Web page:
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dc.contributor.authorPorzig-Drummond, Renata
dc.contributor.authorStevenson, Richard
dc.contributor.authorCase, Trevor
dc.contributor.authorOaten, Megan
dc.date.accessioned2017-05-03T12:44:42Z
dc.date.available2017-05-03T12:44:42Z
dc.date.issued2009
dc.date.modified2014-07-21T05:11:17Z
dc.identifier.issn0277-9536
dc.identifier.doi10.1016/j.socscimed.2009.01.013
dc.identifier.urihttp://hdl.handle.net/10072/61453
dc.description.abstractTwo studies carried out in Sydney, Australia explored whether inducing disgust may be a useful addition to hand-hygiene interventions. Experiment 1 employed a novel laboratory measure of hand hygiene, and tested whether a brief (3-min) video-based intervention using disgust/education, improved hand hygiene relative to education alone and a control condition. On test, a week later, the disgust intervention significantly exceeded the education and control condition combined, although the effect size was modest. Experiment 2 examined the generality of this effect in a field study. During a baseline period, soap and paper towel use in a series of washrooms were covertly monitored. This was followed by an intervention period, in which two washrooms received disgust/education-based posters and a further two, educational posters, exhorting participants to wash their hands. A follow-up period, after the posters were removed, was also monitored. The disgust-based intervention was significantly better at promoting hand hygiene. These findings suggest that even brief disgust-based interventions may be successful and that these can be tested and developed under laboratory conditions.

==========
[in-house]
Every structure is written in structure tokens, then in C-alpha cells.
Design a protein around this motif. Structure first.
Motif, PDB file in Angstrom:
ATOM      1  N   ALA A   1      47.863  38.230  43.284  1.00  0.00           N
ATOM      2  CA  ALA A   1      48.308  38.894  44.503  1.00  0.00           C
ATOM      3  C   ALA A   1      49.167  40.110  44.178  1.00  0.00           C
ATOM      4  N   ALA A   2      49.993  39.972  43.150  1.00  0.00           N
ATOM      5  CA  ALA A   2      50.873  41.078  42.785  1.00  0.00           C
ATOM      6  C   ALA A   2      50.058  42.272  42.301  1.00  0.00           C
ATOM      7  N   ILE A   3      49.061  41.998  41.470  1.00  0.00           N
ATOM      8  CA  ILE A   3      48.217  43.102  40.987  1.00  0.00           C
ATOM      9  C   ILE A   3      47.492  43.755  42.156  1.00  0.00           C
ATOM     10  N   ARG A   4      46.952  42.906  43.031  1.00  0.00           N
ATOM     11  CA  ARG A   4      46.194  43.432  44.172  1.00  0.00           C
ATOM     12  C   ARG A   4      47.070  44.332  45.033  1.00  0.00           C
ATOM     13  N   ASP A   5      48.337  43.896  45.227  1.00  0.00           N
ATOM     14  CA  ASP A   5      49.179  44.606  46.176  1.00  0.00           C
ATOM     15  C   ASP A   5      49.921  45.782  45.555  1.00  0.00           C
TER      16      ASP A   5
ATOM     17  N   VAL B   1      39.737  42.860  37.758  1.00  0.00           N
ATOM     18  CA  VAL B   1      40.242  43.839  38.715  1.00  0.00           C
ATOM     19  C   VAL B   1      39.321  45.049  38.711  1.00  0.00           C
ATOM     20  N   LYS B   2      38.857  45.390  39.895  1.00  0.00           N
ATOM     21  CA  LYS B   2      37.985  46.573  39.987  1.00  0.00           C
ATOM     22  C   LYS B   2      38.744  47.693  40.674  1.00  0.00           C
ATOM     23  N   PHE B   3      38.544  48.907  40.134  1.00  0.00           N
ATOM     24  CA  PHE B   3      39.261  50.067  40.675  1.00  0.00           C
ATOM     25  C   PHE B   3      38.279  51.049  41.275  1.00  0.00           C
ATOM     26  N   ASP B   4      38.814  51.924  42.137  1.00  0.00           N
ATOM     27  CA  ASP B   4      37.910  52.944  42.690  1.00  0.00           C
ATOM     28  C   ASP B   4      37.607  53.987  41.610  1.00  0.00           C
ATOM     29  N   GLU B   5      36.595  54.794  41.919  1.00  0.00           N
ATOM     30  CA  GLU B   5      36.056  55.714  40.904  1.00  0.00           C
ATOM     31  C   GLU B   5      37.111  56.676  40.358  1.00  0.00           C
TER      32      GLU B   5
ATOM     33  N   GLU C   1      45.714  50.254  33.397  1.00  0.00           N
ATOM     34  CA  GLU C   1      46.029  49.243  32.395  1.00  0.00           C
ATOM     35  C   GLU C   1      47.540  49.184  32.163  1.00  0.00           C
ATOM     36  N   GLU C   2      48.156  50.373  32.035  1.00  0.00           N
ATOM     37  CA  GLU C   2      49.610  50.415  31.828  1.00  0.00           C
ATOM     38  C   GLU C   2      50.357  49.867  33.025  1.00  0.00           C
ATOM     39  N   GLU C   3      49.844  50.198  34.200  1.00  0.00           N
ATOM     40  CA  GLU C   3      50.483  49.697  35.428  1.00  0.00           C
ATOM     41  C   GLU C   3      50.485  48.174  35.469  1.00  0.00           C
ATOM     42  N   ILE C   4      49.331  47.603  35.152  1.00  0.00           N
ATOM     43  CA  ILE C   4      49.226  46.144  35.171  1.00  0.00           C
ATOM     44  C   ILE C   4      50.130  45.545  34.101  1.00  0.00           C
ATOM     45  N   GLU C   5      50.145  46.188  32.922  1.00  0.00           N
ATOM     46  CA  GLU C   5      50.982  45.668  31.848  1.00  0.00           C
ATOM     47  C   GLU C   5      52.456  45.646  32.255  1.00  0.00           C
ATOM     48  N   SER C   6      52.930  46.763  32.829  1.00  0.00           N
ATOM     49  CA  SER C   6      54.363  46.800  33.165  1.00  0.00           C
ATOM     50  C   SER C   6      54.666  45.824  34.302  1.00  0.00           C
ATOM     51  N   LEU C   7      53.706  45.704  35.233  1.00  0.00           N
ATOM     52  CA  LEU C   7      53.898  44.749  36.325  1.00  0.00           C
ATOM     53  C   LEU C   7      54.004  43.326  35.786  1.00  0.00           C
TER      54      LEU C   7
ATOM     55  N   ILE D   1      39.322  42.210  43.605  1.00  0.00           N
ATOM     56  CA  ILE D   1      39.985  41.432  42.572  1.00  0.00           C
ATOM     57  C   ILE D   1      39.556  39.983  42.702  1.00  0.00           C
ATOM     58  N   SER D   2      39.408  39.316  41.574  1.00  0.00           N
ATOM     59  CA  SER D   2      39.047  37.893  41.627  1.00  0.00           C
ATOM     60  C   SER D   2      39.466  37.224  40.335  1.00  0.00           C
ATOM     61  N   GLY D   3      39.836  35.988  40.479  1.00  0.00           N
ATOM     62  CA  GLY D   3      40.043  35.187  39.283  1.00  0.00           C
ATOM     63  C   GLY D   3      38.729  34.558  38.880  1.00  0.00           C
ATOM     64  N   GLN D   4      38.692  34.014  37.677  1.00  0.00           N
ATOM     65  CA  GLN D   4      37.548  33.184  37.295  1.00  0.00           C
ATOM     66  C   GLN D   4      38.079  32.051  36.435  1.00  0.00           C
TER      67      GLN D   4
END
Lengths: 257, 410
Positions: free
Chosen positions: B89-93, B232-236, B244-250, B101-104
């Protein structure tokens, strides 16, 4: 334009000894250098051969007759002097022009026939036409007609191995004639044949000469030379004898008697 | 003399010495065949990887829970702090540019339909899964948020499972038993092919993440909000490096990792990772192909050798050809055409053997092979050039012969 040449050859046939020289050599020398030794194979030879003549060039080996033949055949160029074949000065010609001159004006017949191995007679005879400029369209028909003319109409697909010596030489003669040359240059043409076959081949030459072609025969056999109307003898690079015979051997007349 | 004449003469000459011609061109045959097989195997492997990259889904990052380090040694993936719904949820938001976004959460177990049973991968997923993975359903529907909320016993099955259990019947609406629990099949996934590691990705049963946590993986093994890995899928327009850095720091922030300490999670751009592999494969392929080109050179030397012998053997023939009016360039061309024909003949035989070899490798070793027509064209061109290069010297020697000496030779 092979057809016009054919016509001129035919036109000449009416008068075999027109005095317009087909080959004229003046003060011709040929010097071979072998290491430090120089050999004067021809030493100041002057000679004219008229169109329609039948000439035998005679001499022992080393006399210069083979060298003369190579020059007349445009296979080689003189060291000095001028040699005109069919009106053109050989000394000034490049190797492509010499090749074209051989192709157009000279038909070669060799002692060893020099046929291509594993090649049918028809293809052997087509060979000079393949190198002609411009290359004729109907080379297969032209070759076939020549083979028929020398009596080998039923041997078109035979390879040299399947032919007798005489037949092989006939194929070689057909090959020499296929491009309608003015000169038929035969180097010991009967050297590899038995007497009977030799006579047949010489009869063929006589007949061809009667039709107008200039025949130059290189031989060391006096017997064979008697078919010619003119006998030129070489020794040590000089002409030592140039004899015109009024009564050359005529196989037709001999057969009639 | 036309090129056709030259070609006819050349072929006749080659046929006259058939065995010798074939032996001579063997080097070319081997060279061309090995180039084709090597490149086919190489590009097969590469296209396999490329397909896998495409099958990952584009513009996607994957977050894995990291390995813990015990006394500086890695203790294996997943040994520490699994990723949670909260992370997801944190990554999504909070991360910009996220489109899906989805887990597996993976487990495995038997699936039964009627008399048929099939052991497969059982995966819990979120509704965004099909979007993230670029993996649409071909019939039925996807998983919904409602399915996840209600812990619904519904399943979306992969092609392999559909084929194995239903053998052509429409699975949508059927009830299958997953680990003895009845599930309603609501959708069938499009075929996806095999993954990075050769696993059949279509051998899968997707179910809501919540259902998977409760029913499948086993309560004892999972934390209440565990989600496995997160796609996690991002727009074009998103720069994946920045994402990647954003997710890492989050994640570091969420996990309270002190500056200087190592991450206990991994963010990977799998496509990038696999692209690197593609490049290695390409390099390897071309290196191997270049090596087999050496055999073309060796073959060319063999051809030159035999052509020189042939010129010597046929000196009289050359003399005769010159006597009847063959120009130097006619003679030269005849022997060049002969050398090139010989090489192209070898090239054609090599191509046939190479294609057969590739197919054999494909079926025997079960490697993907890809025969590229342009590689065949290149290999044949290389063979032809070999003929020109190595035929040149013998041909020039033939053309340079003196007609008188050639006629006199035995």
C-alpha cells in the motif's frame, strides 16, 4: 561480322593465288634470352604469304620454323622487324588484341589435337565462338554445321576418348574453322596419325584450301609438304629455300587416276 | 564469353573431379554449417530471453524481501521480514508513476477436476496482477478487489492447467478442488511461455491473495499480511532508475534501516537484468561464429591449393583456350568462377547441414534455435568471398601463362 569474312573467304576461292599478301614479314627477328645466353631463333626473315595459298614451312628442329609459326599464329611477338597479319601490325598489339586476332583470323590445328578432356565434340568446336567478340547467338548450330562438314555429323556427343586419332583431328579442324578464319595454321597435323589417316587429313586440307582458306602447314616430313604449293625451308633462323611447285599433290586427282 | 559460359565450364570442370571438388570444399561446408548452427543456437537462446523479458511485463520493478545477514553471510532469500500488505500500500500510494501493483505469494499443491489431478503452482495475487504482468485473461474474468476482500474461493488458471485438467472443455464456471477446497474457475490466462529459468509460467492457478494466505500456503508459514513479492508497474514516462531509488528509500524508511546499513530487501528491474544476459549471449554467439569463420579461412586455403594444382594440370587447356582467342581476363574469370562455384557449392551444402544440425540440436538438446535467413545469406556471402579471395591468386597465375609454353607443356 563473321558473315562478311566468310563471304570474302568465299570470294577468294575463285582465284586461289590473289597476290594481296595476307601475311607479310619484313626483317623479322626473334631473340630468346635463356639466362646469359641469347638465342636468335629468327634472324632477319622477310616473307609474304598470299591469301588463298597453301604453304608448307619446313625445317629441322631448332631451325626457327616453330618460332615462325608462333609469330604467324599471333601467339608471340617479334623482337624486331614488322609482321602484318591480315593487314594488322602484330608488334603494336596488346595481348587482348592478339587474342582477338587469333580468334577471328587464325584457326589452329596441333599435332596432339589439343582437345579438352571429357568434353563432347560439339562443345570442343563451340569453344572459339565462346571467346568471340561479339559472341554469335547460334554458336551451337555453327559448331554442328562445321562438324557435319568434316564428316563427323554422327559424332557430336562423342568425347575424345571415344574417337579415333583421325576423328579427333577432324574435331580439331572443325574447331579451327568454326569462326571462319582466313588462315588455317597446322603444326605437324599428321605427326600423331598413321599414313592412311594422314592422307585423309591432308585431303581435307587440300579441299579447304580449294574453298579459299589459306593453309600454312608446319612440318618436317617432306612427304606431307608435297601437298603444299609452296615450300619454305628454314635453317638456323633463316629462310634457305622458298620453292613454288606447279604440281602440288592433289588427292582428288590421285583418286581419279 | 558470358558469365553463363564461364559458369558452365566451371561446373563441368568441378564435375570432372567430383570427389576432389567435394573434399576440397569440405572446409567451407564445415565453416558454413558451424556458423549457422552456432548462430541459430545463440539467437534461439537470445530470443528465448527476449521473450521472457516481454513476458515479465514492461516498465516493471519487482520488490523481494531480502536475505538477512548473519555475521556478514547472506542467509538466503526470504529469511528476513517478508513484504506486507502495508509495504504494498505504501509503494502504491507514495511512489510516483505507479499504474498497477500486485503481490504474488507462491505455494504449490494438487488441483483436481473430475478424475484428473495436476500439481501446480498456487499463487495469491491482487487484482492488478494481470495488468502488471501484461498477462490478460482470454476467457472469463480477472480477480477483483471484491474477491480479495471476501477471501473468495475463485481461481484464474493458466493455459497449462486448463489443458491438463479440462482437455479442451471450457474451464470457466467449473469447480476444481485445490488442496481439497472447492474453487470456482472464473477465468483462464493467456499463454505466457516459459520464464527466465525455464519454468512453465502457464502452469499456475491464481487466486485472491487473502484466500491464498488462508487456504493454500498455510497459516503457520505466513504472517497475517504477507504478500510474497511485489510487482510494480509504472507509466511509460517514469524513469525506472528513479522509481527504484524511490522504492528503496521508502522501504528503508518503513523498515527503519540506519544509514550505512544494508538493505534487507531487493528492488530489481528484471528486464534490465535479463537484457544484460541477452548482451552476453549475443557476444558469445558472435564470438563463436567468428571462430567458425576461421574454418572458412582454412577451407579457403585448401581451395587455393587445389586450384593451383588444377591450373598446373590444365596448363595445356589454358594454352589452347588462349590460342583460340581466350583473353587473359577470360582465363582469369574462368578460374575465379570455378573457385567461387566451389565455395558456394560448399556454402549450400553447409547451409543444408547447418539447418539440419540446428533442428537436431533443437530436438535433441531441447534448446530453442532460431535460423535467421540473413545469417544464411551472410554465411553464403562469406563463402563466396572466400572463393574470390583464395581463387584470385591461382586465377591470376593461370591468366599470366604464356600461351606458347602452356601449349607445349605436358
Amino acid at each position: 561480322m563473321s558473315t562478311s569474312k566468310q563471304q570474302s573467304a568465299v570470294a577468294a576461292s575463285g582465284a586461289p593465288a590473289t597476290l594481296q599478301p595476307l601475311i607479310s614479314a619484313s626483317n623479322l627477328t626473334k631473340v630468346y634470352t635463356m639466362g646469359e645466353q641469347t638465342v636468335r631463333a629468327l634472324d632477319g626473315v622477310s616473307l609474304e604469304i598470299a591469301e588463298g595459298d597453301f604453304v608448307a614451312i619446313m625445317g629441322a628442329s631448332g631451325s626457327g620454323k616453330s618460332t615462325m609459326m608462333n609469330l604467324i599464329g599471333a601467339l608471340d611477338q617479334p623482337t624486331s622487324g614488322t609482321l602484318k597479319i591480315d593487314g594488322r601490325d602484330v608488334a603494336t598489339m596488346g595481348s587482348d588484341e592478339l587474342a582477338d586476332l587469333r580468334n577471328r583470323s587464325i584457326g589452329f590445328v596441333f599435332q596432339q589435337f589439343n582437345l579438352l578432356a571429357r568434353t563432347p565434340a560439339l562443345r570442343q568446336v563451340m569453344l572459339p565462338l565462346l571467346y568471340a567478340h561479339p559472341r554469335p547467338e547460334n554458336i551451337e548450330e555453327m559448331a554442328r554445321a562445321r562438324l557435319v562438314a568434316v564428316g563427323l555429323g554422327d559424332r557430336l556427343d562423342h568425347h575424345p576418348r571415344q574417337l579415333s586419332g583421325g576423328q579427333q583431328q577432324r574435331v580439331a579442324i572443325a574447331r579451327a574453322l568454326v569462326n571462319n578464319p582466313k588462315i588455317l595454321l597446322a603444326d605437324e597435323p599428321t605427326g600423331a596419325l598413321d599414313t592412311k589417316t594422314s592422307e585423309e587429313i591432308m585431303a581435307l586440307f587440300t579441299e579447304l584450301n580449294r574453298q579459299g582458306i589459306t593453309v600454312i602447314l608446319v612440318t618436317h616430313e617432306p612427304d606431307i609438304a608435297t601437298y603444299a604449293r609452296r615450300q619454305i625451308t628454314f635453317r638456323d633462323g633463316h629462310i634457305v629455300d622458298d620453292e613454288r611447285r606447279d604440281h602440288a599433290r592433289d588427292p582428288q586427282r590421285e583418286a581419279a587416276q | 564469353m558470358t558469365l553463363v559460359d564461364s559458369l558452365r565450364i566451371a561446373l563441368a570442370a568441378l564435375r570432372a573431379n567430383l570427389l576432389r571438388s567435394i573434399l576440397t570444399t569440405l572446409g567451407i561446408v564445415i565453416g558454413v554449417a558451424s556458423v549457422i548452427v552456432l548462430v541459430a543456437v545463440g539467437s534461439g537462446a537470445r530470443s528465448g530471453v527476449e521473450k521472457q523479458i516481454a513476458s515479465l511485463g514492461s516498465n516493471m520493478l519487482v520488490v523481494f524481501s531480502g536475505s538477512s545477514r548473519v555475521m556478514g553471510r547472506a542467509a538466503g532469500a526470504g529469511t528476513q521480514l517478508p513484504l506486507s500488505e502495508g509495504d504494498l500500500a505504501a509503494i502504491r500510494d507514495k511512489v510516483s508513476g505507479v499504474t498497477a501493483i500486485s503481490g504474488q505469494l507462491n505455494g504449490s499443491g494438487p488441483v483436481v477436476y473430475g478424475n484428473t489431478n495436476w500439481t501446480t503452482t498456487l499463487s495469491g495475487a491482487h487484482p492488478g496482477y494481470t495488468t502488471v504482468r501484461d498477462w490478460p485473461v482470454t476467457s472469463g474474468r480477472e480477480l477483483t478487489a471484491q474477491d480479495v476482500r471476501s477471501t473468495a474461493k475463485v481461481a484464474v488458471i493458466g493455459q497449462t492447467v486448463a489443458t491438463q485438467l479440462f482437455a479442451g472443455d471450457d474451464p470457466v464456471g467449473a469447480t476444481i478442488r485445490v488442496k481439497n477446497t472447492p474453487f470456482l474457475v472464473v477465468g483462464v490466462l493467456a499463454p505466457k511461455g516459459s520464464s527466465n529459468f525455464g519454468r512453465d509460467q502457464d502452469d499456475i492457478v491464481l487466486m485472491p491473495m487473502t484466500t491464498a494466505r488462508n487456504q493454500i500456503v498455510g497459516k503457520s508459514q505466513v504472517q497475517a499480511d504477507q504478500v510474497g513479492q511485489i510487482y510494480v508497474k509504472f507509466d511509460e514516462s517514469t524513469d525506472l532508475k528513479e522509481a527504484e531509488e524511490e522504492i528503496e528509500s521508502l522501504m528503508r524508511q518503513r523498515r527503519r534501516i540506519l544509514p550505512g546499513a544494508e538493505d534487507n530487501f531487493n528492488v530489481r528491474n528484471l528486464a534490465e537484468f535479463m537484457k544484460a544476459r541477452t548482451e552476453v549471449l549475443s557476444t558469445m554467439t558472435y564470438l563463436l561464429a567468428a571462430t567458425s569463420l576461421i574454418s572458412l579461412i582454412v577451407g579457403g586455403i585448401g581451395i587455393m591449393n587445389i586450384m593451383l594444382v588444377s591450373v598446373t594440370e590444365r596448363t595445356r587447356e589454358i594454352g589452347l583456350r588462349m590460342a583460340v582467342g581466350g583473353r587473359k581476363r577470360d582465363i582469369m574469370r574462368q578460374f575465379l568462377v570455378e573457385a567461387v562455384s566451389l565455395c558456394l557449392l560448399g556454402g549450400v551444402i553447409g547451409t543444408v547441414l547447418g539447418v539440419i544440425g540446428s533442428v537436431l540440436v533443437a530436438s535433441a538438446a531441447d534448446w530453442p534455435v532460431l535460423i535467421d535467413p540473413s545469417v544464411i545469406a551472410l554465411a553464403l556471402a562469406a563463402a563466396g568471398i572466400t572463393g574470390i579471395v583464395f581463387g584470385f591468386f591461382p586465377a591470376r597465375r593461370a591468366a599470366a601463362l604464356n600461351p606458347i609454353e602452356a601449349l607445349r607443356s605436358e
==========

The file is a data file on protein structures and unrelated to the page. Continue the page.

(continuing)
dc.description.peerreviewedYes
dc.description.publicationstatusYes
dc.languageEnglish
dc.publisherPergamon
dc.publisher.placeUnited Kingdom
dc.relation.ispartofstudentpublicationN
dc.relation.ispartofpagefrom1006
dc.relation.ispartofpageto1012
dc.relation.ispartofissue6
dc.relation.ispartofjournalSocial Science & Medicine
dc.relation.ispartofvolume68
dc.rights.retentionY
dc.subject.fieldofresearchPublic Health and Health Services not elsewhere classified
dc.subject.fieldofresearchMedical and Health Sciences
dc.subject.fieldofresearchStudies in Human Society
dc.subject.fieldofresearchcode111799
dc.subject.fieldofresearchcode11
dc.subject.fieldofresearchcode16
dc.titleCan the emotion of disgust be harnessed to promote hand hygiene? Experimental and field-based tests
dc.typeJournal article
dc.type.descriptionC1 - Articles
dc.type.codeC - Journal Articles
gro.hasfulltextNo Full Text
gro.griffith.authorOaten, Megan


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